Property assessments reach $551.5 billion, peak of Santa Clara County economic growth
Santa Clara County Assessor Larry Stone stands outside his office in San Jose. Photo Credit: Janice Bitters

The valuation of properties on Santa Clara County’s assessment roll topped $551.5 billion – likely a peak of Silicon Valley’s decade of economic growth.

The net valuation of all real and business property, which determines property tax rates, increased by $35.5 billion – a 6.87 percent increase from 2019’s $516 billion valuation, with the help of tech company offices calling the South Bay home.

Construction on major commercial and multi-family housing projects accounted for 17.5 percent of this year’s increase in value, while ongoing development plans by Google, Adobe and Jay Paul in San Jose’s core “contributed significantly,” according to the county Assessor’s Office. Additionally, all properties had a 2 percent increase in assessed value, due to mandates of Proposition 13, which caps property tax increases until homeowners sell.

Sunnyvale and Mountain View led growth in Santa Clara County as of January 1, with 10.3 and 8.9 percent, respectively. Saratoga and the unincorporated areas of the county recorded the smallest year over year growth of 4.34% and 2.64%, respectively.

County Assessor Larry Stone delivered the annual assessment roll this week, despite barriers of shelter-in-place orders, and said the valuation has grown by $255.5 million since the 2008 recession.

“There is little doubt that the 2020 assessment roll captures the peak of the longest economic boom in Silicon Valley’s history,” Stone said.

But from the peak of a historic years-long boom to the worst economic crisis since the Great Depression, a lot has changed in the last six months.

Stone sees 2020 as a transition year for property assessments, since these numbers are based on market values at the start of the year. While a decline was expected after a decade of economic prosperity, the veteran assessor is now gearing up for a “crash landing,” rather than a gradual decline because of the COVID-19 pandemic and resulting economic shutdown.

“Next year will not be as positive, as we will be considering the full economic impact of COVID-19 on real estate values,” Stone said. “Unfortunately, we are facing a ‘crash landing’, that one analyst described as like being in a wheelchair pushed down a very long flight of stairs.”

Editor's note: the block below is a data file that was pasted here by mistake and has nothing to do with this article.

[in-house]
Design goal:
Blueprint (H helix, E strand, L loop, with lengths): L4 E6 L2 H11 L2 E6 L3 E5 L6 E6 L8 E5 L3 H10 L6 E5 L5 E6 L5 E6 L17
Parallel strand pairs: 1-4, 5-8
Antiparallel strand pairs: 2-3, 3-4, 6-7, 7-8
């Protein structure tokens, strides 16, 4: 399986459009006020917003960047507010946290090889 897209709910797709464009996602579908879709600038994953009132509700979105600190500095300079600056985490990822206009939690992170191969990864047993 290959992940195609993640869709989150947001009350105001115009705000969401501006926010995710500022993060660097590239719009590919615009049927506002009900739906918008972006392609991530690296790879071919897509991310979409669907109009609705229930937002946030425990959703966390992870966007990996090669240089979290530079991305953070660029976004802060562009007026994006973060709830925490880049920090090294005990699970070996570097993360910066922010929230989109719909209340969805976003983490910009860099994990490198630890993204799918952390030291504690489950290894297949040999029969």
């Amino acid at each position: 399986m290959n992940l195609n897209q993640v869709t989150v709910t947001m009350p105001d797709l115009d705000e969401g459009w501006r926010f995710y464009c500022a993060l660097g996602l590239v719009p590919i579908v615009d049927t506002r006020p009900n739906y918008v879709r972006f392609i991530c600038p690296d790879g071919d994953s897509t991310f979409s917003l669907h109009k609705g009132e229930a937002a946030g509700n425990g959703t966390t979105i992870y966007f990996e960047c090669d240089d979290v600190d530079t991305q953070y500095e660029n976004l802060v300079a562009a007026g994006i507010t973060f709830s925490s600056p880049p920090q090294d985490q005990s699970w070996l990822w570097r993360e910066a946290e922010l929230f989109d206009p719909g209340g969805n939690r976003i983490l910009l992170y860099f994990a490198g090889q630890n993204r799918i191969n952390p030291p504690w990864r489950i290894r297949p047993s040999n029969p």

The primary beneficiaries of property tax revenue are public schools, community colleges, cities and the county. Officials said 50% of local property tax revenue generated in Santa Clara County goes to public education

Graphic courtesy of the Santa Clara County Office of the County Assessor.

Temporary Reduction in Assessed Value

For homeowners and businesses wondering why assessed values of most properties haven’t already dropped to match these unprecedented times, Stone explained that the timeline for assessments are hindered by the law.

Essentially, his office is required to take snapshots of neighborhood values on and around January 1 — before any of the financial turmoil from the coronavirus began.

Stone said a modest number of properties have seen their assessed values reduced this year – to the tune of $875 million – but as the post-COVID world continues to turn, next year could be a different story.

“There is little doubt on January 1, 2021, the market value of many commercial properties will be eligible for significant temporary reductions,” Stone said. “Bottom line: relief is likely coming, unfortunately just not this year.”

Graphic courtesy of the Santa Clara County Office of the County Assessor.

When it comes to single-family residential homes, however, he said the market has buoyed, due in part to fewer homes for sale and lower interest rates.

Property owners should check their mailboxes, as 493,000 assessment notices were mailed June 30 ahead of property tax bills arriving in the fall. Any homeowners who can demonstrate that their market value is lower than the assessed value are encouraged to request an informal review of their assessment.

Residents can apply for a reduction online, and informal reviews will be made through the Aug. 1 deadline for property tax bill changes.

Contact Katie Lauer at [email protected] or follow @_katielauer on Twitter.

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